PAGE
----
Thoughts on a Strong-Willed Child

boy familyThis afternoon, Henry had his seven-year well-baby check-up. Seven years ago we had our fifth son and maybe I figured I had an idea, way back when, of what I was getting myself into.

Not so much.

Five boys in a row. From the same DNA. From the same momma and daddy and you might be inclined to think “been there done that” and is life really all that interesting with so much repetition?

But of course parents of children everywhere know that I’m being silly, and especially mothers of a few boys in a row are giggling right now at the idea that any two sons are exactly alike.

When our second son Elliott came along I remember thinking, “well this should be easy, I just did all of this 21 months ago…” and of course it was not like hitting a rewind button, not at all. Ethan and Elliott are about as different as two boys can be and I had to come up with a whole new set of How To’s to deal with Elliott’s own unique needs and preferences. Some of my methods worked for most of the kids, but the truth is there is never a One Size Fit All in parenting.

Of all the boys, Henry is the one I’ll peg as “strong-willed.” I’ve hesitated to come out and brand him (though you’ve no doubt picked up on this over the years) but lately I’ve been thinking how very special and yes, challenging it is to have a strong-willed child (and I’m thinking each one of us parents could easily say who we’d give that honor, if we were inclined to share…). And so I’m willing to just claim it. My name is Rachel. I have a Strong-Willed Son.

Now you can go two ways when describing your strong-willed child. You could go the route of Willful — which in some ways has a negative vibe. Willful disobedience, willful rebellion. Lots of terms that make willful sound like a very negative character trait indeed. And there is plenty of truth to that, that a strong-willed child can steamroll the scene if not properly managed.

But lately, for some reason, I’ve had this grace to look at Henry and really relish in the absolute joy and beauty of this kind of child (of which I have a few, but he’s The Mostest). And to recognize and acknowledge that with our children, we don’t manage or control, we train, which means we do our work in light of who God made each one of these children to be.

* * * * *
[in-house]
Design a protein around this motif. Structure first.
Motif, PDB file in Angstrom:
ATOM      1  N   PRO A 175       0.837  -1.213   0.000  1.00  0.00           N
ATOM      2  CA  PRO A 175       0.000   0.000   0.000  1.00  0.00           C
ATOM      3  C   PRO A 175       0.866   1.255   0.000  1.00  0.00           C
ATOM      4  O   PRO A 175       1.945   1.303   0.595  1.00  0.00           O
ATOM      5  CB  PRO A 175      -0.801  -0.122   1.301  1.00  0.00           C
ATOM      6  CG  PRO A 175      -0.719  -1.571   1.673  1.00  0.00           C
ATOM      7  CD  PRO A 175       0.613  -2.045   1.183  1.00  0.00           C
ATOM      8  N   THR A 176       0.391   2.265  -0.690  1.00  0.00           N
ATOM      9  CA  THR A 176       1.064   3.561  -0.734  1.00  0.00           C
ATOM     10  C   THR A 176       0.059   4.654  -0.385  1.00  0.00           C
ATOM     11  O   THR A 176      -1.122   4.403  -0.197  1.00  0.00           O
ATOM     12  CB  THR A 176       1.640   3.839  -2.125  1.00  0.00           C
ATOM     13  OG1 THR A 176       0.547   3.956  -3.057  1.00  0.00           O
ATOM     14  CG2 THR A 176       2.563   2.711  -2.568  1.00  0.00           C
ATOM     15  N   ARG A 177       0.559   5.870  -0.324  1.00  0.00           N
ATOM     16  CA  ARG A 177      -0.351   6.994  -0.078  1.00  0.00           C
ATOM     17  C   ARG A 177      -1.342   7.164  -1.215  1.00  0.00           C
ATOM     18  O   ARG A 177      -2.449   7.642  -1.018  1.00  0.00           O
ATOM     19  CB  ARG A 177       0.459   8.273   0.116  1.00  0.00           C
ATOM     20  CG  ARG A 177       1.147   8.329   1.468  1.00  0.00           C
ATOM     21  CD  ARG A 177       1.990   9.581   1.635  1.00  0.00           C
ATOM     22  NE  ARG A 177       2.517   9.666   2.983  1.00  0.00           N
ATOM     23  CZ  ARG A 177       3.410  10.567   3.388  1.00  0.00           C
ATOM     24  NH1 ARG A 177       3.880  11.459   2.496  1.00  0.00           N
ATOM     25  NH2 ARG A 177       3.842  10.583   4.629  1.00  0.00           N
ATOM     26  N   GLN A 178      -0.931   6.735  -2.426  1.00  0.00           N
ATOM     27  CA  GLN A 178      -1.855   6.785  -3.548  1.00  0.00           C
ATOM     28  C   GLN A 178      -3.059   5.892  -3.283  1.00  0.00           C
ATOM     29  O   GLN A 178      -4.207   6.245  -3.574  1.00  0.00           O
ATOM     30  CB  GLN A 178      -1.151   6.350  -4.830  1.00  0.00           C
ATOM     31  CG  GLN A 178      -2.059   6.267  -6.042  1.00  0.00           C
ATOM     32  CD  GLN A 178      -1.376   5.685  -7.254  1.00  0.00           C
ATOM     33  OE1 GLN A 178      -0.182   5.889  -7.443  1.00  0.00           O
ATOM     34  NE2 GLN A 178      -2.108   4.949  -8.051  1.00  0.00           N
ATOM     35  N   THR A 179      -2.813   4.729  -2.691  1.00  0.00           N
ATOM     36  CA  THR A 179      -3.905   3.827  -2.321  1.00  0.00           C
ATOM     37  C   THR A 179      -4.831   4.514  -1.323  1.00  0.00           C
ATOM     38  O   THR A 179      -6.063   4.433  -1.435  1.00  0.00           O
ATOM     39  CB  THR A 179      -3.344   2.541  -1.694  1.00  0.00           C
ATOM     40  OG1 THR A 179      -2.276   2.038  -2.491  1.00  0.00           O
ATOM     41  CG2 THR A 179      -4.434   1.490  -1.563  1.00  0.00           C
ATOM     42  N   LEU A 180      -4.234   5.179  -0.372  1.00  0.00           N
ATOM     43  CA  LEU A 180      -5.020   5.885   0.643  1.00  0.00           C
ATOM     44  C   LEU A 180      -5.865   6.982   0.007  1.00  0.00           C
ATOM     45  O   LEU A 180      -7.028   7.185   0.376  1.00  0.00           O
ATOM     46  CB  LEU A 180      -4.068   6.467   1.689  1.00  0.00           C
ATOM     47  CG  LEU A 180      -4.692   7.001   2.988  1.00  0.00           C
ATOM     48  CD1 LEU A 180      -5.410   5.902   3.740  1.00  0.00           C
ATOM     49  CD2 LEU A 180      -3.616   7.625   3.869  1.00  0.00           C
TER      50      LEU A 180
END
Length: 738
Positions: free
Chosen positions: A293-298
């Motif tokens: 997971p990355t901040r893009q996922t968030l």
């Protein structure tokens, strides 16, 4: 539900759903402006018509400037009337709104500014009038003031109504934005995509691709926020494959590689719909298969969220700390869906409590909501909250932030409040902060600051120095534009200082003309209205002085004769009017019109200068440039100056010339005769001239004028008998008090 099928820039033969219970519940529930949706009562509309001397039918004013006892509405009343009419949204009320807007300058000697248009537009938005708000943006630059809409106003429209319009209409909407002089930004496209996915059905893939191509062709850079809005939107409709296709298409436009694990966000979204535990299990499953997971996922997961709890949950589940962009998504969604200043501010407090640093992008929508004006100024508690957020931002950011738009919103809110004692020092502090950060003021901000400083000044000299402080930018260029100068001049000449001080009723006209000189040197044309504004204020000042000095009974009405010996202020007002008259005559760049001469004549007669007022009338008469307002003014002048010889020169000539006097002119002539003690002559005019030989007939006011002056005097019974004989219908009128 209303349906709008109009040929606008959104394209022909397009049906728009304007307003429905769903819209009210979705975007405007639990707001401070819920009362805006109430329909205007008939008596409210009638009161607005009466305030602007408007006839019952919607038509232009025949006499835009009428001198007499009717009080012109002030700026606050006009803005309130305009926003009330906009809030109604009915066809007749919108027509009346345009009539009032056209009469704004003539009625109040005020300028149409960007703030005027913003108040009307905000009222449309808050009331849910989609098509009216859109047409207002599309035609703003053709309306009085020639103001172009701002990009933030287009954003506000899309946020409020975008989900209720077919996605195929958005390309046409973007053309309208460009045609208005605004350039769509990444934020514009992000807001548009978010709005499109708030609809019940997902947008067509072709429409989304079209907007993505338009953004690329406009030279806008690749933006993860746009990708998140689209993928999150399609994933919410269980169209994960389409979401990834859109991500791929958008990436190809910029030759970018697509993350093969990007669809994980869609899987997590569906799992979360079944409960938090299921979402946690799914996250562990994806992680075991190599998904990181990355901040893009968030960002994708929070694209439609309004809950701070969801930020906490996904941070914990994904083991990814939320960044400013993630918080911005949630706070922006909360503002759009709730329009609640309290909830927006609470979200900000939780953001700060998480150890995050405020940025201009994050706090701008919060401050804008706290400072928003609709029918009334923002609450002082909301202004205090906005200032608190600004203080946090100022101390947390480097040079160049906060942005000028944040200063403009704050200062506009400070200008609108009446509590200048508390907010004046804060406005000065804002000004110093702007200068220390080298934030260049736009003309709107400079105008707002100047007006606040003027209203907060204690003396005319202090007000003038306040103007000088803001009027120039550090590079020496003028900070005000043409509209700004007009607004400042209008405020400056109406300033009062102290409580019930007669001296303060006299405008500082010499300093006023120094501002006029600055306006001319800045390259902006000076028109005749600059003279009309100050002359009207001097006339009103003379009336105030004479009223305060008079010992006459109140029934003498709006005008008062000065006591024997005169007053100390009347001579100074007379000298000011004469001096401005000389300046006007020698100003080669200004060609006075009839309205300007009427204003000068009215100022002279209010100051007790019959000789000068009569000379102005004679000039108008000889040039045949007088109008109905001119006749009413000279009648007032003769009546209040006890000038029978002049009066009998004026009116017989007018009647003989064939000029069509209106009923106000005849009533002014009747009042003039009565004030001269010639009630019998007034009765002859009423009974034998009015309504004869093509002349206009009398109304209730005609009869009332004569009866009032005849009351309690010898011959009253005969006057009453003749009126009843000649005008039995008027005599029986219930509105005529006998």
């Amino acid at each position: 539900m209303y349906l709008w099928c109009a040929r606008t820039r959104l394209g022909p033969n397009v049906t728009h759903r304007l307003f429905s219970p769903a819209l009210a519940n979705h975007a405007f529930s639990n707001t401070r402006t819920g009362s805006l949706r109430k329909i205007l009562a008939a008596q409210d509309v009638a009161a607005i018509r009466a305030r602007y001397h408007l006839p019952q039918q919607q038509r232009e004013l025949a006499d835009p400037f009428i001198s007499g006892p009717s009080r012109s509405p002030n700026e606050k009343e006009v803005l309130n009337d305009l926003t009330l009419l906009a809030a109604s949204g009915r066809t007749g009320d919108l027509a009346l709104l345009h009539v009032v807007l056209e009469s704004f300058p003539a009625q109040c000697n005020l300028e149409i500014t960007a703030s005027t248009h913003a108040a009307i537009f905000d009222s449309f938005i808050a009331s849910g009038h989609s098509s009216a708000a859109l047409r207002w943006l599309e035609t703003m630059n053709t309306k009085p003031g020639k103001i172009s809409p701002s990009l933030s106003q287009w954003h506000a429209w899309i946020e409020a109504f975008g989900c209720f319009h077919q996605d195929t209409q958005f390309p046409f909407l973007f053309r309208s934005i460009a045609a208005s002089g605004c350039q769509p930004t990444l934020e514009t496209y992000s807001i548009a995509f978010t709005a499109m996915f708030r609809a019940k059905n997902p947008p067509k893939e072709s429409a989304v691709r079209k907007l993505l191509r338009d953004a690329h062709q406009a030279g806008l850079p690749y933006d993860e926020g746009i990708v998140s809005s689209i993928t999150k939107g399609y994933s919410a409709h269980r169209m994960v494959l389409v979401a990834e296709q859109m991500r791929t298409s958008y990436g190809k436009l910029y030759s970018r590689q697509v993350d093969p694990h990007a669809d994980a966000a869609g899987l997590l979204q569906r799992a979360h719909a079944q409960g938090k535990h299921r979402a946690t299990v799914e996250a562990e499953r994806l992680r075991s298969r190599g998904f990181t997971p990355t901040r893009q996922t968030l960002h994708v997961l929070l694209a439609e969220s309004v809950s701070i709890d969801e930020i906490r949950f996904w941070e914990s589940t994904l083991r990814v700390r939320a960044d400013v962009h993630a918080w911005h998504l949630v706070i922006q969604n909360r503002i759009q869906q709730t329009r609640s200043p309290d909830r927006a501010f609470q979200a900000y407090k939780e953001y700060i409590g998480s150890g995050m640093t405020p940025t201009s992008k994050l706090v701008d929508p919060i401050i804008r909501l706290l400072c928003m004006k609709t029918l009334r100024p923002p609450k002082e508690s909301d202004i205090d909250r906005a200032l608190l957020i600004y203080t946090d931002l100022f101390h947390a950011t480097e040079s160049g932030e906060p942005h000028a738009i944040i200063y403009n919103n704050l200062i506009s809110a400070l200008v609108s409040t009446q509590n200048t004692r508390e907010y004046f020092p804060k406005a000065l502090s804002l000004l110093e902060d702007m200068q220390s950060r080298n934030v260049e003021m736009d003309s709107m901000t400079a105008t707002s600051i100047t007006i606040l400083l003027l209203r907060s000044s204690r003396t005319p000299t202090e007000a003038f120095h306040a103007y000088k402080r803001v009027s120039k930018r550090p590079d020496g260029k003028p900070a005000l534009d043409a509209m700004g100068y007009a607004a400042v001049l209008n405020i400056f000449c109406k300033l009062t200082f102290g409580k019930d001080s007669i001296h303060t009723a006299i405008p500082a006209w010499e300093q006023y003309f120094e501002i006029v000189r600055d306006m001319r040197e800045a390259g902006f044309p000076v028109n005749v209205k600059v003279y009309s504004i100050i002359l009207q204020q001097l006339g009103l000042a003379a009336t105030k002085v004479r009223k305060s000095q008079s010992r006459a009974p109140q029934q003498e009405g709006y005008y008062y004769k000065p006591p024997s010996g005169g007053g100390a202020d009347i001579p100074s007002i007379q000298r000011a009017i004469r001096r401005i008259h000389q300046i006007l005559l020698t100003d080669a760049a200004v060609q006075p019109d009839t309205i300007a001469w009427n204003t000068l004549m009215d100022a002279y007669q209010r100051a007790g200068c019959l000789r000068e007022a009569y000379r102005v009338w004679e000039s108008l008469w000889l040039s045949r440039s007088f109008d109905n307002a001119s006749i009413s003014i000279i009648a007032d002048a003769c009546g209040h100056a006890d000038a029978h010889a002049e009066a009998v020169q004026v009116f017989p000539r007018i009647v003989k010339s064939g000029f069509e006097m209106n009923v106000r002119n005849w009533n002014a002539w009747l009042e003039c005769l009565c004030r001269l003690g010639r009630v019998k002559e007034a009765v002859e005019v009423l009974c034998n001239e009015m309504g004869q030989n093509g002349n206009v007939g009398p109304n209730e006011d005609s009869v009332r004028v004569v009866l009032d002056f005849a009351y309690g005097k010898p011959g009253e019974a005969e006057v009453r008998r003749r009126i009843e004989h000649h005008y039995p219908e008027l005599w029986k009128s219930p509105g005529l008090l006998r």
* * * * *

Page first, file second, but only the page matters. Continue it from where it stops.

It is hard mothering a strong-willed child because he doesn’t necessarily want to go with the flow. This child will never utter the words “we can’t do that, we are not allowed…” and rules were definitely invented to be challenged, not blindly obeyed.

Now I can hear some people tsk’ing, maybe even shaking a head in solemn judgement. “I’ll tell you how a child gets like that,” you are inclined to think, “and we should all blame the parents.”

And the reason I’m willing to write about this now is because I have finally, FINALLY!, broken free from those lies. The lies the devil has been telling me, that somehow when our children make bad choices it is because of our own poor parenting. When a child can’t behave the way I want it’s because I haven’t concocted the magic obedience solution. I mean, can we do better? Always. We can work hard and communicate clear and have a plan in place for our expectations and consequences. But can we create robot-babies who robo-leap on command? Not really… not me and Paul anyway.

What we can do, we parents of a strong-willed child, is have a plan that involves patience, discipline, prayer and patience. We need to step back and assess the situation with this child — what is the problem, what can we realistically tackle — and then come up with a way to get the job done.

But we also, in the midst of this, need to embrace the nature of our child, this beautiful gift — and the nature of ourselves as parents. I found an interesting chart recently about the four parenting quadrants, how different personalities parent. And I realized that parents can only operate out of who they are. We can’t be someone we are not, we will never expect things from our children that are outside of who we are and the values we hold. Freedom of expression, free will, perfect behavior, perfect table manners — these are all options in parenting and each mother and father will have a list of things that they decide is worth their energy — whether this is a conscious decision or not. We all put effort into the things we value, that is where we are willing to expend our energy.

And so, in light of that, what we have to ask ourselves when dealing with a particularly spirited child, is whether we are doing everything we can to meet that child’s needs. And what I’ve realized lately, where true freedom has come for me, is that the answer to that question is: yes and no.